The Local Area

Things to do in the area

Tyddyn Sydney Bach, just off junction 9 of the A55 is the ideal base for exploring and experiencing culture, history, industrial archaeology and the widest possible range of outdoor and leisure pursuits. There are so many things to do for guests staying in the area.

North Wales boasts unbelievably stunning scenery from the top of the Snowdon Mountain range (3,560ft 1085m) which you can walk to on several tracks or ride to on the Snowdon Mountain Railway to view the magnificent centrepiece of the Snowdonia National Park from the summit. With breathtaking views of the neighbouring peaks, ancient woodlands and moorlands, down to the wooded valleys, still lakes and rushing rivers leading to a stunning coastline.


The shoreline in the area varies from the gentle Victorian style seaside beach of Llandudno to the rocky crags at South stack in Holyhead, the Italianate village of Portmeirion to the bustling University City of Bangor.

The area is ideal for water lovers...There are excellent water pursuits in the Menai Strait and at the National Watersports Centre at Plas Menai.  Elsewhere on the Strait there is the opportunity for cruises, fishing trips and rib rides.

Snowdonia offers many amazing things in the area to do outdoors, including climbing, walking, horse riding, cycling, mountain biking, golfing, fishing and bird watching, as well as surfing and several of the worlds longest zip wires.  All this in Areas of Outstanding Natural Beauty, Special Areas for Conservation and Sites of Special Scientific Interest.


Also in the area there are the great feats of 19th Century Engineering of the iconic Britannia and Menai Suspension Bridges spanning the Menai Straits, Conwy Suspension Bridge and the Pontcysyllte Aqueduct pushed back the boundaries of knowledge and have influenced the worlds engineering ever since.  Pontcysyllte is also the centre of the World Heritage site celebrating the canal age and remains the longest and highest aqueduct in Europe.

Tyddyn Sydney Bach is located in the secluded grounds of a larger cottage in the village of Treborth, just on the outskirts of the University City of Bangor, between the internationally famous Britannia and Menai Bridges crossing to Anglesey. Tyddyn Sydney is as old as the Faenol Estate, which dates from Tudor times.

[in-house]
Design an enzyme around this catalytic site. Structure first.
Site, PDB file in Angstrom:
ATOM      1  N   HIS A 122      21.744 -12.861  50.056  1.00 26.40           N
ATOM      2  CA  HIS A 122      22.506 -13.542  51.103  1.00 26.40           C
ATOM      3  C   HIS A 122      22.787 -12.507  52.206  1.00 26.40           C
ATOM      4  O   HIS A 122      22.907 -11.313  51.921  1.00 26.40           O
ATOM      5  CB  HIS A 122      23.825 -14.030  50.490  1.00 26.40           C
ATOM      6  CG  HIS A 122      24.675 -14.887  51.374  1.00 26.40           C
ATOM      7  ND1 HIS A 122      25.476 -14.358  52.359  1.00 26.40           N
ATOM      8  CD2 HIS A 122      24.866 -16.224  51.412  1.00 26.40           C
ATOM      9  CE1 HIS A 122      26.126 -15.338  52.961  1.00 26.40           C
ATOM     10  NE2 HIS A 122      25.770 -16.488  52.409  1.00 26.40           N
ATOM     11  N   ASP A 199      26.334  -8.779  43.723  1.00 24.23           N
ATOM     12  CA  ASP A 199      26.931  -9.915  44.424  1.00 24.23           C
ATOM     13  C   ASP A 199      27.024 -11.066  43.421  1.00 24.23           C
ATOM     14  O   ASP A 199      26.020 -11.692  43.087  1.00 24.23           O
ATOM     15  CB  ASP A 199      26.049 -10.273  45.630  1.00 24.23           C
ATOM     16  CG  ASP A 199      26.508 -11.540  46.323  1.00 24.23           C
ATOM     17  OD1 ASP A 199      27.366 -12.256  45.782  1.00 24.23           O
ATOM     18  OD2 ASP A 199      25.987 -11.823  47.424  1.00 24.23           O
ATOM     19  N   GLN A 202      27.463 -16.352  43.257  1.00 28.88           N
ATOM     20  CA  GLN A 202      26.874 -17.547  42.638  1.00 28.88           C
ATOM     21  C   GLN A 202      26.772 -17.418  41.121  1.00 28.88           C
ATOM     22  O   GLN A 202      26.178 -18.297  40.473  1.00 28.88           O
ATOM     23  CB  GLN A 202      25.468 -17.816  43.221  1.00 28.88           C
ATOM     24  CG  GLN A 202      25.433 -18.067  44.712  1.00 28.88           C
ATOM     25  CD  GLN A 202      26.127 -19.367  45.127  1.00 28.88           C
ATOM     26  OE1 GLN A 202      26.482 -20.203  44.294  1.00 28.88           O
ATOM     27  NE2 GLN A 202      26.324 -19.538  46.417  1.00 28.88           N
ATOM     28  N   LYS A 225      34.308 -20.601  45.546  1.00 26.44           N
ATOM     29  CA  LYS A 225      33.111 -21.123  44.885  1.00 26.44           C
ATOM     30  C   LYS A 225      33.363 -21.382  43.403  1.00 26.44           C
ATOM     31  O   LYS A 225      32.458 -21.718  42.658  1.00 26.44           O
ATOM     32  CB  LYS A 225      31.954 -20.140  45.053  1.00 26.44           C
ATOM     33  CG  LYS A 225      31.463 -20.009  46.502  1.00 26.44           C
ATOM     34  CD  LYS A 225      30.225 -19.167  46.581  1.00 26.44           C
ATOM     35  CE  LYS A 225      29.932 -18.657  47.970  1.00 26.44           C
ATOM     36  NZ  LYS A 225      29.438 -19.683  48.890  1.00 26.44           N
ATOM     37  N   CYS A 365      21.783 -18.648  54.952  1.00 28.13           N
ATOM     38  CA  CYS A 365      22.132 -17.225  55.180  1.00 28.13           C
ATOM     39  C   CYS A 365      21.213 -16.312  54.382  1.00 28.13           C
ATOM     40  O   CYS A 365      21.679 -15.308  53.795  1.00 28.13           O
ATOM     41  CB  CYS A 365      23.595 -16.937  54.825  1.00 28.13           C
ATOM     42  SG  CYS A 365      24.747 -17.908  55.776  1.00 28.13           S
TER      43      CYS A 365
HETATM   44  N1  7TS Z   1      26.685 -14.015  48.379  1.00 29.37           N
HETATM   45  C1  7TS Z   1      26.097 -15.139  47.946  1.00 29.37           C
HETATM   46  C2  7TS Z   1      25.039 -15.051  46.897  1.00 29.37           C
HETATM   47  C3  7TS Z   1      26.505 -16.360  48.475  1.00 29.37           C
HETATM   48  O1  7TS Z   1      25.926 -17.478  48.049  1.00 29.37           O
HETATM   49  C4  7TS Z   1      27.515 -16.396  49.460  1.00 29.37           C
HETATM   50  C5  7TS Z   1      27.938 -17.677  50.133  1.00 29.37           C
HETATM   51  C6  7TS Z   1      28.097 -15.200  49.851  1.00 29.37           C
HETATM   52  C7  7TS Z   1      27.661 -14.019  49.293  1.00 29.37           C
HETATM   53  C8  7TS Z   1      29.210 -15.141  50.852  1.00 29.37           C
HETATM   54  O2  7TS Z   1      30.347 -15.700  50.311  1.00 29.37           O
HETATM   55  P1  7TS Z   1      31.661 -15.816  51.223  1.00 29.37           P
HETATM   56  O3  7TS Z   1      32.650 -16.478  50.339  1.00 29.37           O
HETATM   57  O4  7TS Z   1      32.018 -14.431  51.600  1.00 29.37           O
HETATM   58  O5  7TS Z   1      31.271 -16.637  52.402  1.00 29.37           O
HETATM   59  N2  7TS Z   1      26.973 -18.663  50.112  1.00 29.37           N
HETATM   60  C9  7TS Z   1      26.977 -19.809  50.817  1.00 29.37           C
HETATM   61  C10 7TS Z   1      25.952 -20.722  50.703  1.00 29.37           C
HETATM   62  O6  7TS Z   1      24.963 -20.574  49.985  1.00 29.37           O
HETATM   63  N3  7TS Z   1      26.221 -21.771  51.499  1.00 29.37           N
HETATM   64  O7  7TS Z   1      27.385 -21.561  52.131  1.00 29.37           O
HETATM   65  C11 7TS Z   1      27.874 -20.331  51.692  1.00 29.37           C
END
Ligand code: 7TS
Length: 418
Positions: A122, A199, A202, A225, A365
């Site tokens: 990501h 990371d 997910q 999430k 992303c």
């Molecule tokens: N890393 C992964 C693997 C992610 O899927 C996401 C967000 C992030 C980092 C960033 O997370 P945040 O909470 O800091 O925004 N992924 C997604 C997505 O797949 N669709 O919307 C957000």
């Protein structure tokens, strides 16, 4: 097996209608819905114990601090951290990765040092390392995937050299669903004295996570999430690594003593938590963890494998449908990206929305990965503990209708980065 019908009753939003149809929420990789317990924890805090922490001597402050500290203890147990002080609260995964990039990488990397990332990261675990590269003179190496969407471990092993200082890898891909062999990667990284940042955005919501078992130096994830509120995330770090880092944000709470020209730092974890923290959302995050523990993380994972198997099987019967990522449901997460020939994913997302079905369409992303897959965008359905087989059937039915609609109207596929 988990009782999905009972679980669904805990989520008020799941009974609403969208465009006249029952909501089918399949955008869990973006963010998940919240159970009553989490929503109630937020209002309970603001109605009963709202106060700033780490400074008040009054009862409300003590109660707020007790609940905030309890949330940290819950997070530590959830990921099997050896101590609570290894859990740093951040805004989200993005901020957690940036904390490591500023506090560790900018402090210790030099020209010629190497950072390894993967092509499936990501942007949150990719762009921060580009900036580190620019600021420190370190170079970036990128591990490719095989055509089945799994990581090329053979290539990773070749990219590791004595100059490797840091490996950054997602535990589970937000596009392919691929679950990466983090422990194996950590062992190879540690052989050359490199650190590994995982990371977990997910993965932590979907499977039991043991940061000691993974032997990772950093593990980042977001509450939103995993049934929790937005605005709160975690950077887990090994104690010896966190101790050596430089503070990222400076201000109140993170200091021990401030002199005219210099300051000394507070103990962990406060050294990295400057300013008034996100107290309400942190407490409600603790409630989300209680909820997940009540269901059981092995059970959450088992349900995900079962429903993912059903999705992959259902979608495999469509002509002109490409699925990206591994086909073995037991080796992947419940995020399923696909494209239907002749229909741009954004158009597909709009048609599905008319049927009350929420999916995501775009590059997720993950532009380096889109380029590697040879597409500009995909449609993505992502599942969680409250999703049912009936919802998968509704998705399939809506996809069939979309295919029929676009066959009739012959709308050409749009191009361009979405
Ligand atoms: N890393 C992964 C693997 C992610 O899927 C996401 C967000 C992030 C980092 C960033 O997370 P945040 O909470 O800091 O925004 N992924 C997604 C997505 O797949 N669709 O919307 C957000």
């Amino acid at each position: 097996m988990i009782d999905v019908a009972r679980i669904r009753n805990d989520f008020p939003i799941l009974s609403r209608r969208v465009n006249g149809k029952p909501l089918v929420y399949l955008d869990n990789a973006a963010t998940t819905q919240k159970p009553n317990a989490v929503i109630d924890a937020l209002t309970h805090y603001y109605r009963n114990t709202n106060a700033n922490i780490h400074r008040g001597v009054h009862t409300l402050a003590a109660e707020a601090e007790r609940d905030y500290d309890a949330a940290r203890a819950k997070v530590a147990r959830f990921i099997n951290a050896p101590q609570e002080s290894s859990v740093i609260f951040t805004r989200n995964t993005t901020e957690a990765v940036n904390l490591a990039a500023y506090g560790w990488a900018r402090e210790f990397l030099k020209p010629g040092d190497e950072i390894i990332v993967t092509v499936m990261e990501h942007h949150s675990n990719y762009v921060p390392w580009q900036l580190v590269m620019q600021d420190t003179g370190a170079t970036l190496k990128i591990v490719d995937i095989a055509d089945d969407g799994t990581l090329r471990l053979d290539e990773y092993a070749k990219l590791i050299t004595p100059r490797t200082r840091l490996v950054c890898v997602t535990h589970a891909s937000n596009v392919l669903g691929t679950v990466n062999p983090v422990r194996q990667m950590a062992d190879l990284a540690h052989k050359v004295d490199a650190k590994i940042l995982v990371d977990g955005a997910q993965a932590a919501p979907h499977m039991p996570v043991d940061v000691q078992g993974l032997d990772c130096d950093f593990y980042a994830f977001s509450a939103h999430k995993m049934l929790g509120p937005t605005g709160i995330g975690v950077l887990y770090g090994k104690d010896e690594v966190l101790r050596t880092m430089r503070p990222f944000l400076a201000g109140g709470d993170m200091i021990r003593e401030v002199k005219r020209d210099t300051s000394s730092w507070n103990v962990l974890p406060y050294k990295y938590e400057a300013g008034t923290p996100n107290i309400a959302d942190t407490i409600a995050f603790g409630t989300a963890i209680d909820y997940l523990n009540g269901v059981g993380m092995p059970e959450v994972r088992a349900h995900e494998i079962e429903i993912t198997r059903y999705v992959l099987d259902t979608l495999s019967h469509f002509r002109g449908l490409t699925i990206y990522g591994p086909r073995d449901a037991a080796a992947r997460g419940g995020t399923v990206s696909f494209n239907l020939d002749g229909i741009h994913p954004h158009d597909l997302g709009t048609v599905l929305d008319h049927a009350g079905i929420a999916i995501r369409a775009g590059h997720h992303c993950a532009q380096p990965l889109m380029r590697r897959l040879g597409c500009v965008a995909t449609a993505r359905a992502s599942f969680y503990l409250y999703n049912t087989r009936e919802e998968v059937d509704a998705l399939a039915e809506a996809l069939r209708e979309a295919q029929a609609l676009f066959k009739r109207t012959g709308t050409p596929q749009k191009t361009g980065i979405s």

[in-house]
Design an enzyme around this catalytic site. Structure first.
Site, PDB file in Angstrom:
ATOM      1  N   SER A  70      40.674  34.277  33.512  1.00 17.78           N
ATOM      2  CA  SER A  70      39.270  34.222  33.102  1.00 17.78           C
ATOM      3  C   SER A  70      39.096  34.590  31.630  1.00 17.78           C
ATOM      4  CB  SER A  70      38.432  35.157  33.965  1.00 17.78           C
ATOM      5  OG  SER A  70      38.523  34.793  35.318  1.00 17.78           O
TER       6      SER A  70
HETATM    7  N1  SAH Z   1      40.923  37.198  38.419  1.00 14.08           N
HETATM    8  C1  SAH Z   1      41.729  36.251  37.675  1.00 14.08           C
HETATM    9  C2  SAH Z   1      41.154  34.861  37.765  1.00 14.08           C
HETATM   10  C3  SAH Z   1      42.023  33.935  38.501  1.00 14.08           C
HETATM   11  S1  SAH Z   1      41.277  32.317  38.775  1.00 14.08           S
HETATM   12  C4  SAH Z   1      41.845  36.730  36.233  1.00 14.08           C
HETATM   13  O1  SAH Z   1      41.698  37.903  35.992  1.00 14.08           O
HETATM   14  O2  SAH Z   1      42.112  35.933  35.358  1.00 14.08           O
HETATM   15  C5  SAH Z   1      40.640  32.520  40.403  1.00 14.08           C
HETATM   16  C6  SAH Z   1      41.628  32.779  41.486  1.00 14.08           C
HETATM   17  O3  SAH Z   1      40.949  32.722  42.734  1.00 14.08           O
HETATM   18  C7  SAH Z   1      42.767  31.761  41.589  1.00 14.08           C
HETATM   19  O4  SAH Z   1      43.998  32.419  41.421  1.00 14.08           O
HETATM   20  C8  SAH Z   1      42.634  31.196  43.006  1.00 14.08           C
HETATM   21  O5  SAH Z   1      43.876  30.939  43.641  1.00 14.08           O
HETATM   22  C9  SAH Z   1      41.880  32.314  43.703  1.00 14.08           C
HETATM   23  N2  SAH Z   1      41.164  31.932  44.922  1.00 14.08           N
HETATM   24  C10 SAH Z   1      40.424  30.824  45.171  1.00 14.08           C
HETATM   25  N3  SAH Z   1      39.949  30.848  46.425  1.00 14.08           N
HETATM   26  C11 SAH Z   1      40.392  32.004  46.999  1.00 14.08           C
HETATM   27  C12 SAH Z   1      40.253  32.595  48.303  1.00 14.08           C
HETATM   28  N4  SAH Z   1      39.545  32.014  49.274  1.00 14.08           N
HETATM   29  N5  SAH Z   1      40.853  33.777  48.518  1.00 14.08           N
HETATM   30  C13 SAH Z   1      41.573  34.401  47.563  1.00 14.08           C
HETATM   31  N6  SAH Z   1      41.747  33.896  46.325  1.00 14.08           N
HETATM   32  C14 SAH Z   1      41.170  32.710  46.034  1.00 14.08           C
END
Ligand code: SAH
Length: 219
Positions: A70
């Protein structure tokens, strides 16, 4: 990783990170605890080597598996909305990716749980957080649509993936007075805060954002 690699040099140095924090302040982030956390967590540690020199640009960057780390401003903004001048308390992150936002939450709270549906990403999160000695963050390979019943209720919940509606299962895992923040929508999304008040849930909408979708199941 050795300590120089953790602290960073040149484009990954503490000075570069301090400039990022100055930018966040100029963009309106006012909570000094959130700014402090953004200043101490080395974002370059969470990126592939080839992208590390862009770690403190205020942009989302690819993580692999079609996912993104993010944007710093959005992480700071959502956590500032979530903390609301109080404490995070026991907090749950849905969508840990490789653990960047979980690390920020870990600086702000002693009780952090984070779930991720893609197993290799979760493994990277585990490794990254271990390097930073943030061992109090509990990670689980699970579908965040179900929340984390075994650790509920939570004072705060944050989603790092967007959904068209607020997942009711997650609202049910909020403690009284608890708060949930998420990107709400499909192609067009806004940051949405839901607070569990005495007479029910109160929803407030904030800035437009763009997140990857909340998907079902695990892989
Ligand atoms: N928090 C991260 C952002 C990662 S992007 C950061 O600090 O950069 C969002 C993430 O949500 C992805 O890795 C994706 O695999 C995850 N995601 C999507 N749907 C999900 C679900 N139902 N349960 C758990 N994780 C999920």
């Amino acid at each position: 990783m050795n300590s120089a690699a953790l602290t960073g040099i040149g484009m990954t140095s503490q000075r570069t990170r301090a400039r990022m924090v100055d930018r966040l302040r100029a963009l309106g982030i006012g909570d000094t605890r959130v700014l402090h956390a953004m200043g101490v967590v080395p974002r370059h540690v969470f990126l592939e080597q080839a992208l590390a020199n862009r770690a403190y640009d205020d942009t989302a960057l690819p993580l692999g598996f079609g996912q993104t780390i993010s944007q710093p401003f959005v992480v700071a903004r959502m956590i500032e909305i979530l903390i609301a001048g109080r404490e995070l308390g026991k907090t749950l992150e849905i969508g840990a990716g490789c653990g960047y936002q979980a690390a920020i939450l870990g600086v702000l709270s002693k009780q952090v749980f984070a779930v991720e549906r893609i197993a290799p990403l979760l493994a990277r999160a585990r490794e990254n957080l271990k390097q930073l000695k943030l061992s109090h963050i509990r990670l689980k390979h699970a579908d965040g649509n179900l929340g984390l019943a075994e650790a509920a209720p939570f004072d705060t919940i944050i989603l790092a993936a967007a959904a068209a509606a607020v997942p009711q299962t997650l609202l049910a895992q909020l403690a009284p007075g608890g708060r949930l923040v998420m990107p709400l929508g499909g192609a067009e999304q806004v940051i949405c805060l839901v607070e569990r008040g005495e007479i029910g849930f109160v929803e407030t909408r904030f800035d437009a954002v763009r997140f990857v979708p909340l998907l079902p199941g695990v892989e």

The area around the cottage

Located in Treborth, which means a homestead and a ferry, was probably associated with one of the many ferries crossing the Straits. In the 19th century it became the site of one of the greatest works of engineering of both the turnpike and, within two decades, railway eras and home to the hundreds of workers and their families involved in these massive projects.


Access to the Wales Coastal Path passes within 100 metres of Tyddyn Sydney Bach and can take you to the east through Treborth Botanical Gardens to emerge by the side of the Menai Suspension Bridge or only five minutes away you come to one of the massive lions on Britannia Bridge and, a little further, the last relics of the original tubular bridge and its construction. Turning west, the coast path wanders through the grounds of Faenol.  Treborth driving range and 9 hole golf course is a 5 minute walk away.

Treborth is on the outskirts of the small but lively University City of Bangor with her restored Victorian Pier, Port Penrhyn and beautiful Cathedral where Deiniol founded his monastic community in 525 AD.  Bangor is a coastal university City with unique character and landscape which boasts its own mountain and panoramic views of the sea. Bangor Mountain is home to the St. Deiniol Golf Course designed by James Braid, the famous golf architect and Open Champion.

There is also Pontio, Bangor University's Arts and Innovation Centre,  which houses performing areas, a theatre and cinema.  In the City itself there are nature and heritage trails linking the City's green spaces with its rich-architectural heritage.

Leisure facilities in the area include a swimming pool complete with diving boards and water slide, all-weather 5-a-side and grass playing fields, bowling green, bars, restaurants and a shopping street which is reputed to be the longest High Street in Wales,

Bangor is twinned with Soest in Westphalia, Germany and enjoys frequent exchanges between Soest and Bangor Citizens.